At this point, I already hated my job. I love working with children, but I had a few standoffs with management and things had soured. I had, however, been offered the opportunity to train to become an early years teacher and this was not a chance to be missed. My partner and I had spoken about moving away a number of times already (she too has struggled with depression in London, for many more years than I), but decided that we would stick it out for another year if I got onto the EYITT course. All I needed to do was pass my QTS skills tests. With the literacy test under my belt I studied hard to improve my maths abilities.


For me, maths is the most anxiety inducing of subjects and it was fueling my self-doubt. While I know I am fully capable of understanding the concepts; mental arithmetic and memorisation don’t come easy to me. When the test came, I failed by 4 marks. Gutted as I was, and crawling ever closer to the psychological precipice, this was in fact a moment of liberation. We decided that very night that we were leaving. Deciding where to go wasn’t hard (my partner had studied in Edinburgh and my mother is a Scot) and with Brexit just around the corner there seemed no better time to hightail it north. Real north.




When I first stepped foot in Edinburgh I felt like a child again. Years of anxiety were suddenly lifted from my shoulders and I literally ran around the parks in excitement. I was once again able to see the sky without having to look directly upwards! The hills filled me with life and I pointed towards Arthur’s Seat from about five different angles saying, “I like that!”. While the weather was a little brisker, what Scotland’s climate lacks in heat the people make up for in warmth. The loneliness and isolation I felt in London was gone, and I had just moved to a city in which I didn’t know a single person.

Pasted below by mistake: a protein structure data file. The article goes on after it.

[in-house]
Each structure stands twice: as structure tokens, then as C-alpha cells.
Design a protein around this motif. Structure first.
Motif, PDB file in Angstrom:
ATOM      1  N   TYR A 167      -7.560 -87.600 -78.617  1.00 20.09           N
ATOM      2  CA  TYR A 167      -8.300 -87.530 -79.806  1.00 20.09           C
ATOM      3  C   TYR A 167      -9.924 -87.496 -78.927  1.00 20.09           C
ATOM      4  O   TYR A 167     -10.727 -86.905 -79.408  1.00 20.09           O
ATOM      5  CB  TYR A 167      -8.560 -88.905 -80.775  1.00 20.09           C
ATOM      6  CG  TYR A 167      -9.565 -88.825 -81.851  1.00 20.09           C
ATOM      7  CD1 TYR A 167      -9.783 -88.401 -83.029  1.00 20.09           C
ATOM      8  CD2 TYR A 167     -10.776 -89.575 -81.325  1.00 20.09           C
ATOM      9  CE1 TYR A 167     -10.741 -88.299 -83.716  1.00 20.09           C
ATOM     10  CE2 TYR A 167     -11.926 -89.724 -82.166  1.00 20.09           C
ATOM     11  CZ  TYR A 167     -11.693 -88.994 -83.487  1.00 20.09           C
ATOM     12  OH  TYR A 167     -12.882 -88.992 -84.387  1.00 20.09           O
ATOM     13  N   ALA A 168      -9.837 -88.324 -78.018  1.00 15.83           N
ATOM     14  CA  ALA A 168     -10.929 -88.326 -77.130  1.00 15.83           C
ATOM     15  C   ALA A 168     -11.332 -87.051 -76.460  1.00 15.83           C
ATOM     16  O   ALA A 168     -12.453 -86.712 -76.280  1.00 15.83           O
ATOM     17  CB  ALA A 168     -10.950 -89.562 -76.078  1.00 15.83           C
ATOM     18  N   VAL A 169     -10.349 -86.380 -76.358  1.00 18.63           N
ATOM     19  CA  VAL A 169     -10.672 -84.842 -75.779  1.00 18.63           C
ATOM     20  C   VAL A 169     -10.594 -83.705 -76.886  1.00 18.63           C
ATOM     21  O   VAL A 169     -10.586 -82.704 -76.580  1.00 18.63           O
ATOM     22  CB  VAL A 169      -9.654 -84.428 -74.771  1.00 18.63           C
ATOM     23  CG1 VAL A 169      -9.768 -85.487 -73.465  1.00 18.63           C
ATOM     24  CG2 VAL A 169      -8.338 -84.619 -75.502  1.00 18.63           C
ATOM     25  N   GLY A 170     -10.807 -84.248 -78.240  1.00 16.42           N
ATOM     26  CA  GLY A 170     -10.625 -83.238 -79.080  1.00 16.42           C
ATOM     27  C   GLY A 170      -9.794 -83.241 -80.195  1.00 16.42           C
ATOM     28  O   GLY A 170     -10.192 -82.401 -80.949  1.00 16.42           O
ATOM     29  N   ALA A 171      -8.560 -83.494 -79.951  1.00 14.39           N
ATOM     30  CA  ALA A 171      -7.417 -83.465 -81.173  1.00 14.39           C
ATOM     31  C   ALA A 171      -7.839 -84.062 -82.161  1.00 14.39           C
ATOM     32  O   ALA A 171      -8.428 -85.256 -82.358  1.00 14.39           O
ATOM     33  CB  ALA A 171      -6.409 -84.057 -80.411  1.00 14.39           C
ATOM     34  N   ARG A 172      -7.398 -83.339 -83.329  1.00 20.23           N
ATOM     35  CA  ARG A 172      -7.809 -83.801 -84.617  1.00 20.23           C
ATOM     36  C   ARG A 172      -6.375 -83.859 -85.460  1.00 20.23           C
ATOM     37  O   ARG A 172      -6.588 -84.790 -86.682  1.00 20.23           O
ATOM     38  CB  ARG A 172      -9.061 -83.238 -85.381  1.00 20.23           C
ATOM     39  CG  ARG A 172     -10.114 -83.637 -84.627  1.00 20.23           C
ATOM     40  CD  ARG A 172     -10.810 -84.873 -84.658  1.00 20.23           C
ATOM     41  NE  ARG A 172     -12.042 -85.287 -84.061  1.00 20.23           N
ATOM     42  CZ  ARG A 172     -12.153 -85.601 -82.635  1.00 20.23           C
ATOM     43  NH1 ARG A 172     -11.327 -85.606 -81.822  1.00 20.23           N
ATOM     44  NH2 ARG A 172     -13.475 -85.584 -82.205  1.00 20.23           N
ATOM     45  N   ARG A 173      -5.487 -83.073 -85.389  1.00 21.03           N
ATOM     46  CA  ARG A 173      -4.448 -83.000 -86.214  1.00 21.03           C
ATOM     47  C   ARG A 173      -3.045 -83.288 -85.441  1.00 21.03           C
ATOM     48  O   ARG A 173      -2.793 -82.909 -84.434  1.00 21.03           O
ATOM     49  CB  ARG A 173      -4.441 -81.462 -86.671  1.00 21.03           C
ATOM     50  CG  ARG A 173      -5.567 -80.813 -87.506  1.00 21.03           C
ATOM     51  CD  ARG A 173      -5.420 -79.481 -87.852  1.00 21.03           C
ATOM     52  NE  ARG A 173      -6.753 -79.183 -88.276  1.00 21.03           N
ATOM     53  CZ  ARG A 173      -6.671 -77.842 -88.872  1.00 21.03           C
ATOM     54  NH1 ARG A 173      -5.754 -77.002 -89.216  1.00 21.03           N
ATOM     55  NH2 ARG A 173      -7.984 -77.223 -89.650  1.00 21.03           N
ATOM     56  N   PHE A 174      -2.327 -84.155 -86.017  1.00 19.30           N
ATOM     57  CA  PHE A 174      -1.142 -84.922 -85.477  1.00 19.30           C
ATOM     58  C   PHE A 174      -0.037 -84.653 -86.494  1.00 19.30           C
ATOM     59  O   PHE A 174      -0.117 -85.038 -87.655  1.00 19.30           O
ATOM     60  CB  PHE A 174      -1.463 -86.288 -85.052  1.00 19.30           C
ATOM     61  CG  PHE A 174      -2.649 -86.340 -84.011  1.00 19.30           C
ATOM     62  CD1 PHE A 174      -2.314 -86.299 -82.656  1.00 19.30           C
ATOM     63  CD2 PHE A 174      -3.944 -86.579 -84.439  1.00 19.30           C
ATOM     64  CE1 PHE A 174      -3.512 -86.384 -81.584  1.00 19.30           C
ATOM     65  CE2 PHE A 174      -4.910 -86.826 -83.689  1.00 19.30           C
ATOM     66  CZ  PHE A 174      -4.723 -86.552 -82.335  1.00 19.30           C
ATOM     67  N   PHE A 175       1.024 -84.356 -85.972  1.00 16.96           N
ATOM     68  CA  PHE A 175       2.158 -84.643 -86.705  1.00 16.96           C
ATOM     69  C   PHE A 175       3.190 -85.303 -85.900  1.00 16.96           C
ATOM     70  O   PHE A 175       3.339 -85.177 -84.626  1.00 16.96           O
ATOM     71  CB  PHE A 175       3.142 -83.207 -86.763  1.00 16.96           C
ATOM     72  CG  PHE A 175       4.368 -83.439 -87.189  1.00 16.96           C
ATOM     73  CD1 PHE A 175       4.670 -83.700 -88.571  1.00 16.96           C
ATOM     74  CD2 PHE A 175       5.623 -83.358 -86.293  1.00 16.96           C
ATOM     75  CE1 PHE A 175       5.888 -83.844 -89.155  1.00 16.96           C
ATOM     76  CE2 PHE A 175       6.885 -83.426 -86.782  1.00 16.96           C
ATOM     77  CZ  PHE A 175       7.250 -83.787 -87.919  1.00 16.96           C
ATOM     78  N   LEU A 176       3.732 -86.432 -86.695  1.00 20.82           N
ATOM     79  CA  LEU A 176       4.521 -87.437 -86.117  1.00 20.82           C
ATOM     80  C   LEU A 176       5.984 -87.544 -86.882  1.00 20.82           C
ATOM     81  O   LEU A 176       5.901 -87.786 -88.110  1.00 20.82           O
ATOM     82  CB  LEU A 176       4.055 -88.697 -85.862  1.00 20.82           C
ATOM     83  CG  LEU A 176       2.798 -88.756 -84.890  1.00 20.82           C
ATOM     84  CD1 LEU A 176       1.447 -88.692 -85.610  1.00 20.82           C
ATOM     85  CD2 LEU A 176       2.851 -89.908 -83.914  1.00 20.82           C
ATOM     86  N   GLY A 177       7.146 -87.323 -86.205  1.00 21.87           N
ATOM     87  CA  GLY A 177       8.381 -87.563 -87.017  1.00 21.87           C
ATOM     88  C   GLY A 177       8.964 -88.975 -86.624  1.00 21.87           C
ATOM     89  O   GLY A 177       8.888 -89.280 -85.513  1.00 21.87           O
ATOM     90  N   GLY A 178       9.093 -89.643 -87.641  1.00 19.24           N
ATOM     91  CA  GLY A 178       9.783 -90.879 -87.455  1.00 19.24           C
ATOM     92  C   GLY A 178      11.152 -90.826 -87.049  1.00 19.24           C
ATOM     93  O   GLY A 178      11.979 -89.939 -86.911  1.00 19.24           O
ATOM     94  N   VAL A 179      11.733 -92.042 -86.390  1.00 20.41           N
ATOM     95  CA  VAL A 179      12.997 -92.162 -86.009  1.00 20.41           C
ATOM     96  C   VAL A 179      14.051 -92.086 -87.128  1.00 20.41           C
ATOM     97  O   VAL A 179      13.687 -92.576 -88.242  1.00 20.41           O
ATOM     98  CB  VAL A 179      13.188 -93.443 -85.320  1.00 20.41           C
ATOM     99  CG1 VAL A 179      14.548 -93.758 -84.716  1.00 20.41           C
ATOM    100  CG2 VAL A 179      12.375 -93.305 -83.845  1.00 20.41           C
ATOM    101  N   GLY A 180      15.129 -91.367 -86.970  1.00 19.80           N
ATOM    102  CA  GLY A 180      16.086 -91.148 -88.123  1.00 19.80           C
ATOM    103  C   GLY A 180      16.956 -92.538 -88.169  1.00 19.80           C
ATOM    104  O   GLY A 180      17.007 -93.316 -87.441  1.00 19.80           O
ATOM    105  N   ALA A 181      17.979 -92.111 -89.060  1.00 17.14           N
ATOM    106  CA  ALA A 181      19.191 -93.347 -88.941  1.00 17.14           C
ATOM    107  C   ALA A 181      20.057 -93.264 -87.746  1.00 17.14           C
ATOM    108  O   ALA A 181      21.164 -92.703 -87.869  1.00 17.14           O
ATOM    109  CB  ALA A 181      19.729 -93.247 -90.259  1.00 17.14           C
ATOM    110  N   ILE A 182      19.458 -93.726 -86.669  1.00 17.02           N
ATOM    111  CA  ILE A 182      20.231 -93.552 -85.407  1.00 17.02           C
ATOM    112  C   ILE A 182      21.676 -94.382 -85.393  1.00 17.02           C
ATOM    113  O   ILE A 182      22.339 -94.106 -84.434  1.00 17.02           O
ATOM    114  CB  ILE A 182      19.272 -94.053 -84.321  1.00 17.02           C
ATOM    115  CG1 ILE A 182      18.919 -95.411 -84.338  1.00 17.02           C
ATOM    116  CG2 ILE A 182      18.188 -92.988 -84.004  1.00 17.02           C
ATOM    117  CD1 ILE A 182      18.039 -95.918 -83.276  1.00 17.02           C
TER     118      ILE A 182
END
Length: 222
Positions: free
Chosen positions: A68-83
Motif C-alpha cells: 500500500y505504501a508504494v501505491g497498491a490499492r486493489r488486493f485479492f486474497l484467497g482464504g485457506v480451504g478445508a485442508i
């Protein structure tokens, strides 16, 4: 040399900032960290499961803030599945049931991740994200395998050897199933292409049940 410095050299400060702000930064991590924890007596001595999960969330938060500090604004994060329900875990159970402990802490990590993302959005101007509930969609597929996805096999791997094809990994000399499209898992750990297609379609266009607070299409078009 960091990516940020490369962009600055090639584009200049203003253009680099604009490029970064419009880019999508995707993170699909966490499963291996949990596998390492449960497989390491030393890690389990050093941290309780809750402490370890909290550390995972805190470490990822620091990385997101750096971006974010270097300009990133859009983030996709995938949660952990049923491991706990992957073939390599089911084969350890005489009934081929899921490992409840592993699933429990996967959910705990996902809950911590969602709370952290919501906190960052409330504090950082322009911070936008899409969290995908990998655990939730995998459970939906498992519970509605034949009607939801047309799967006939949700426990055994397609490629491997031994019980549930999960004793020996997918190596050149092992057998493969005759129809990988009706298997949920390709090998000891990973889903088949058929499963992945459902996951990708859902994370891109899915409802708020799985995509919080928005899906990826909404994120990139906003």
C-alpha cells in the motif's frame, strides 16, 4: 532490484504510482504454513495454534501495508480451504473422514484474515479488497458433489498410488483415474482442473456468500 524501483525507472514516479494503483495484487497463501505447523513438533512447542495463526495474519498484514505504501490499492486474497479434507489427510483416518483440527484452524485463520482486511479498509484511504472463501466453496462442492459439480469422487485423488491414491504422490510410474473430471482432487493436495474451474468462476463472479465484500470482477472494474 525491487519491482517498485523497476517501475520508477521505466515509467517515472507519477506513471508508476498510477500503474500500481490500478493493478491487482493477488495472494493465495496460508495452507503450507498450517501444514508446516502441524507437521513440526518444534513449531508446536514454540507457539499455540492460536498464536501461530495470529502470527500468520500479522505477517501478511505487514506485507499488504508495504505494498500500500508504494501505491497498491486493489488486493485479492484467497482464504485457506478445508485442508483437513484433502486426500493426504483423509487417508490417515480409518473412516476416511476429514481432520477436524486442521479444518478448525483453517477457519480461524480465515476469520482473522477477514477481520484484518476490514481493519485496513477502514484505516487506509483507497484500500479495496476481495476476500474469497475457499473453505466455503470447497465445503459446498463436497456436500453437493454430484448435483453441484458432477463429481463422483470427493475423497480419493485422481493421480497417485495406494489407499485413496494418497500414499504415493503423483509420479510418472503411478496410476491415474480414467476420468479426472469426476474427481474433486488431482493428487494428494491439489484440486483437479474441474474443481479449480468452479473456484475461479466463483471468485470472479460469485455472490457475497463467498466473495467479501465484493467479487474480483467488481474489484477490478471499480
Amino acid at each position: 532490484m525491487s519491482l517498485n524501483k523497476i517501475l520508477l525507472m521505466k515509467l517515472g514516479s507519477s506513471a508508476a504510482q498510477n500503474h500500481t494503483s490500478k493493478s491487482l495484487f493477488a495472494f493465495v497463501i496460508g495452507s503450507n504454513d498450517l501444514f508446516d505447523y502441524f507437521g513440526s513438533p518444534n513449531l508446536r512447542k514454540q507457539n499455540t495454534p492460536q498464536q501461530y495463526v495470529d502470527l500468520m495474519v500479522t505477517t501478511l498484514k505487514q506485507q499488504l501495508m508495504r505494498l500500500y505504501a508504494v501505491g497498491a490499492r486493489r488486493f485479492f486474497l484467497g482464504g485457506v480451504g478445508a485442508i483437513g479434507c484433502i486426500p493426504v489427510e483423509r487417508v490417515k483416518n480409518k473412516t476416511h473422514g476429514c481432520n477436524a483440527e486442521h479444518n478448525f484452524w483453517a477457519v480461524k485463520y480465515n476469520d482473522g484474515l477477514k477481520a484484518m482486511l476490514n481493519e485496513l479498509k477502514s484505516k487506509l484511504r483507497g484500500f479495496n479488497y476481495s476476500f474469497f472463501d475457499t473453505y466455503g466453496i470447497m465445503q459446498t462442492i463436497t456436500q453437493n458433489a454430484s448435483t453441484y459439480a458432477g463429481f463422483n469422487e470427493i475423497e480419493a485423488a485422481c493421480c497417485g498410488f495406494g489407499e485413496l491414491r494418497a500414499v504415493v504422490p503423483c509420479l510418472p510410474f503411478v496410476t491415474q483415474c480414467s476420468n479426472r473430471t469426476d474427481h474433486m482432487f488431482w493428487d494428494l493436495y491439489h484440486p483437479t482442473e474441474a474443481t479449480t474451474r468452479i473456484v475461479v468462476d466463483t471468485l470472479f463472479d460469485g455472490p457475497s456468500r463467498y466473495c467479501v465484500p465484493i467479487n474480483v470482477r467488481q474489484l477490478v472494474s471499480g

Since moving I’ve quit smoking, started drawing, (briefly) started jogging and no longer drink out of sadness. The pay isn’t as much as London, but it’s still good, and the lower cost of living easily makes up the difference. I was lucky enough to have someone to support me through this time and help me get things organised, but many still can’t see the way out. If anyone needs a halfway house, we’ve got a sofa-bed!


It’s just a shame that all my songs are shit now that I’m happy again.